Report does ‘not go far enough’
The cost is not only in human lives and a public health disaster that causes unnecessary suffering for millions, but it’s also increasingly viewed as an economic challenge – drug-resistant infections are forecast to have lost the world’s economy US$100 trillion by 2050. MSF broadly welcomes the panel’s recommendations on the need for new incentives for R&D and for greater transparency, but in some cases we wish the report had gone further.
For example, the report did not go far enough in supporting essential government and civil society efforts to increase access to existing medicines. While the report does caution against damaging intellectual property rules included in trade agreements, it could have more strongly urged countries to stop pursuing longer monopolies on life-saving medicines through trade agreements like the Trans Pacific Partnership Agreement (TPP), a US-led trade agreement that is the worst-ever trade agreement for access to medicines.
Nevertheless, we recognize the report is a product of a compromise, given the diverse interests of the panel members. On the positive side, the report suggests some measures that governments can already take now to improve access to existing medicines, including taking advantage of legal provisions called ‘TRIPS flexibilities’ to their fullest extent, reforming patent laws if need be, and empowering governments and civil society to use these provisions.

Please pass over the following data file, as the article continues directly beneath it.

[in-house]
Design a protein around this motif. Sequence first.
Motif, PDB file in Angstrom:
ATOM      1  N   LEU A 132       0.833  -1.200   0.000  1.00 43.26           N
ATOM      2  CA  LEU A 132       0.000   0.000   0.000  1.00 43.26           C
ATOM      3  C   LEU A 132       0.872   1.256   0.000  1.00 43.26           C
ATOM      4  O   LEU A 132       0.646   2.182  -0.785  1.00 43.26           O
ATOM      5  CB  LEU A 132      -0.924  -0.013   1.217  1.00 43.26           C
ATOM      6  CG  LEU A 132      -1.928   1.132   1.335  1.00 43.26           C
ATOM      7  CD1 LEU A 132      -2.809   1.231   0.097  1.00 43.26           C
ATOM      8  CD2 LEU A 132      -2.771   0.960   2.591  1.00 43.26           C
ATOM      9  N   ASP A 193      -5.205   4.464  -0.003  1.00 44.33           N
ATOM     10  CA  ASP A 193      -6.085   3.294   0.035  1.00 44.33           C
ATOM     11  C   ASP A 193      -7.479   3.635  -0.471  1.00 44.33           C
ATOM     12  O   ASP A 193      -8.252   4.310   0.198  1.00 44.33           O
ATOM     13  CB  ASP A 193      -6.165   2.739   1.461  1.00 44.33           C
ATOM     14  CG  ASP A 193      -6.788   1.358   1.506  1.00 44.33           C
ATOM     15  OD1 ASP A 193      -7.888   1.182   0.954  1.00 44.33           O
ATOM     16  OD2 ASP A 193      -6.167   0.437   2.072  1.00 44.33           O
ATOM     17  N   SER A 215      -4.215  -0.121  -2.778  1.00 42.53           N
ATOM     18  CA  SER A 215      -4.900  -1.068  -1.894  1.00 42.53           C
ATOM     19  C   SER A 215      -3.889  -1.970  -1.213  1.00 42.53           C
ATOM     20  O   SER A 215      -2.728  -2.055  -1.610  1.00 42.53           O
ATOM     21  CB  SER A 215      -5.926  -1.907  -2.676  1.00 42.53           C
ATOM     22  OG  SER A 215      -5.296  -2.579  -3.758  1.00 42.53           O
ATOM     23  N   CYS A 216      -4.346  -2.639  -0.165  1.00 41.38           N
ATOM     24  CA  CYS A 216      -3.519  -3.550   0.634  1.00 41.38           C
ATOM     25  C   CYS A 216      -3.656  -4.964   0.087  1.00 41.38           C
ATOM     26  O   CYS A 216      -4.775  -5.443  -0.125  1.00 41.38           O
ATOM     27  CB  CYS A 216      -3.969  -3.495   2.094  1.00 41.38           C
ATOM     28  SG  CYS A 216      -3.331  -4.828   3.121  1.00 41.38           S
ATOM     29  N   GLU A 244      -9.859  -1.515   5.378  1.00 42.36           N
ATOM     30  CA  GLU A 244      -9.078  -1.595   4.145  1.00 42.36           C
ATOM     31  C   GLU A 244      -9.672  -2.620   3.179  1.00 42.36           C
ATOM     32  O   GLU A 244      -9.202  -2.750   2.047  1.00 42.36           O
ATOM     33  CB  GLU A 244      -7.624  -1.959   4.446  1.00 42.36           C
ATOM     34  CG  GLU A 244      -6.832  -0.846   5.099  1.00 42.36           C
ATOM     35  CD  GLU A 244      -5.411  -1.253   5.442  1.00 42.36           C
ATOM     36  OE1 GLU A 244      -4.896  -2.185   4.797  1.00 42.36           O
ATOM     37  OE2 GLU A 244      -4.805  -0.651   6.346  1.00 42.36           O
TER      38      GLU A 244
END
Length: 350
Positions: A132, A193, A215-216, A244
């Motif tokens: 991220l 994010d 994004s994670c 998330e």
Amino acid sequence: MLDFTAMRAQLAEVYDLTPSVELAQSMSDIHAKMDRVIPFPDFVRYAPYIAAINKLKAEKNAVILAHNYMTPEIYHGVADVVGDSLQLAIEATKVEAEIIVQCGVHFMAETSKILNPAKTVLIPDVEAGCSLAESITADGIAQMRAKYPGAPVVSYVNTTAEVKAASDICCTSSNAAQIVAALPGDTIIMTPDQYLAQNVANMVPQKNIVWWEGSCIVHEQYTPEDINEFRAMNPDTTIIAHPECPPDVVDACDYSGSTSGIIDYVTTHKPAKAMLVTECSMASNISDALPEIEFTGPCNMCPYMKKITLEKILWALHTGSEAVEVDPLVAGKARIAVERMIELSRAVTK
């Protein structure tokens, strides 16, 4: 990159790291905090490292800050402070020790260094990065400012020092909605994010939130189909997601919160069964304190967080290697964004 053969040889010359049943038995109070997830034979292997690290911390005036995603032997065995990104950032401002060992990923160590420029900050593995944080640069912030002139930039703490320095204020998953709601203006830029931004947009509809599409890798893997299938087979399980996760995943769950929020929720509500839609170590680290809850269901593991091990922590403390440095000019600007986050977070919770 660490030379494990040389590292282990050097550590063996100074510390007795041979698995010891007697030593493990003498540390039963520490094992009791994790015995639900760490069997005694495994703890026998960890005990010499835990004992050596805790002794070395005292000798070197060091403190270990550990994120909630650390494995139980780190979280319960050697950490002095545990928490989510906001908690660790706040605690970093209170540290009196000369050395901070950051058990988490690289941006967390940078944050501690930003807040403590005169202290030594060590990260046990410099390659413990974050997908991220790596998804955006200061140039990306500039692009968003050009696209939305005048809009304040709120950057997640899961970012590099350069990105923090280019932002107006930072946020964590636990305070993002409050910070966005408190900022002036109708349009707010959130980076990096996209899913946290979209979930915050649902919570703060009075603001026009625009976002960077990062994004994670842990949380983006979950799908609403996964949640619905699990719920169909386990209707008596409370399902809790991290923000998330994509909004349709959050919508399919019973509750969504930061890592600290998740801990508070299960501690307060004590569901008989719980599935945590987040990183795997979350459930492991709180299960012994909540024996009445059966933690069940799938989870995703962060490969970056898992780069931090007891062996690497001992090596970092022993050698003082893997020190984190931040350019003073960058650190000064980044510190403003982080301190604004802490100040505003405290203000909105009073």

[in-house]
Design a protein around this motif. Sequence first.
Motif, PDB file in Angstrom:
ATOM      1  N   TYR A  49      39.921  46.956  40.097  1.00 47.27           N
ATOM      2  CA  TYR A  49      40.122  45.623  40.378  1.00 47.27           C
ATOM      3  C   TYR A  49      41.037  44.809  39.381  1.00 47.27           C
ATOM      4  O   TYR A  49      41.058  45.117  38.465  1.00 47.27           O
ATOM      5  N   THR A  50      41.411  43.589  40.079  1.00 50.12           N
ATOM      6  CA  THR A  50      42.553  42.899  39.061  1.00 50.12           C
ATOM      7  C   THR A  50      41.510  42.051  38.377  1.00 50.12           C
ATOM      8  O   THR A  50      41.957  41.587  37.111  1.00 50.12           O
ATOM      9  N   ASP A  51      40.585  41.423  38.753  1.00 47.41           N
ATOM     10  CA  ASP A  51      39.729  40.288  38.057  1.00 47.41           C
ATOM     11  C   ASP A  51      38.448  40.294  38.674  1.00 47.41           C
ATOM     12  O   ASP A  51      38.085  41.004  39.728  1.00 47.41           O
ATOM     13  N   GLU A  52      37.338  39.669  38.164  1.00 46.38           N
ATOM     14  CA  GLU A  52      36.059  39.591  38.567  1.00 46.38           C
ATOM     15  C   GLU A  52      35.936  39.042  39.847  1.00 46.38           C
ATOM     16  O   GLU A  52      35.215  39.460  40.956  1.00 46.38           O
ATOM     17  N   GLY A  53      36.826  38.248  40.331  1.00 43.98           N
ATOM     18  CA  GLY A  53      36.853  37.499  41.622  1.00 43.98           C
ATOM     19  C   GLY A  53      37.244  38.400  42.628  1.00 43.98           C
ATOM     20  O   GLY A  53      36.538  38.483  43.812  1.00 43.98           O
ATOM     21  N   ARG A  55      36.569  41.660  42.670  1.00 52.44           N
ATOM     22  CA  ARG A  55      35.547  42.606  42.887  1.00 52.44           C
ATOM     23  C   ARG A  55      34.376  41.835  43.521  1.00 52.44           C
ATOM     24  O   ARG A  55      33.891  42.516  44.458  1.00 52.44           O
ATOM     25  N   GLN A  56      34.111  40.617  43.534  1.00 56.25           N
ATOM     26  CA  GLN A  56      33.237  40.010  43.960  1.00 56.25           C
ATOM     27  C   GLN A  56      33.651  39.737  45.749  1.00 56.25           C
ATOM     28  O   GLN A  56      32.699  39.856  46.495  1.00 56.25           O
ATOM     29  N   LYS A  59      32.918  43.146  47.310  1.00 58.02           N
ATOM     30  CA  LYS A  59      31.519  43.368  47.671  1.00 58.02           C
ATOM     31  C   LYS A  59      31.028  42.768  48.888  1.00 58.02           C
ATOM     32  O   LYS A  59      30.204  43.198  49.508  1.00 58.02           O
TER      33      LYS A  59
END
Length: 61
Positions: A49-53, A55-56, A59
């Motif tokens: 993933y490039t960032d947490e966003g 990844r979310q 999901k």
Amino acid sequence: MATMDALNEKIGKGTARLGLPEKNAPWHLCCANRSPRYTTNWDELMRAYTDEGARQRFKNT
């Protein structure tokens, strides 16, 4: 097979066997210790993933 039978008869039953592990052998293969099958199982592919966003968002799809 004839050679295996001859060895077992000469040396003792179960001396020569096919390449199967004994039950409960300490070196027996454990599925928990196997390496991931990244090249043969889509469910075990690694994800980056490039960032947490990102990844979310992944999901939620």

The report also pointed out that the World Trade Organization could employ its trade policy review process to enable greater transparency and action against countries that seek to undermine the use of TRIPS flexibilities. The call for greater transparency of R&D investments, patenting and pricing decisions, and the recognition that there is a need to reform incentives for innovation are perhaps some of the strongest recommendations.
The panel’s strong recommendation to implement new approaches to R&D that de-link, or separate, the financing of R&D from the end product price aligns with the approach governments have endorsed for R&D into new antibiotics to tackle antimicrobial resistance – including in a recent UN Political Declaration on AMR. Linking investments in R&D to the expectation of high sales prices through granting patent monopolies is the key driver of drug development today. This means that corporations make R&D investments based on whether high prices can be expected in return, while ignoring the pressing health needs of millions of people who are considered too poor.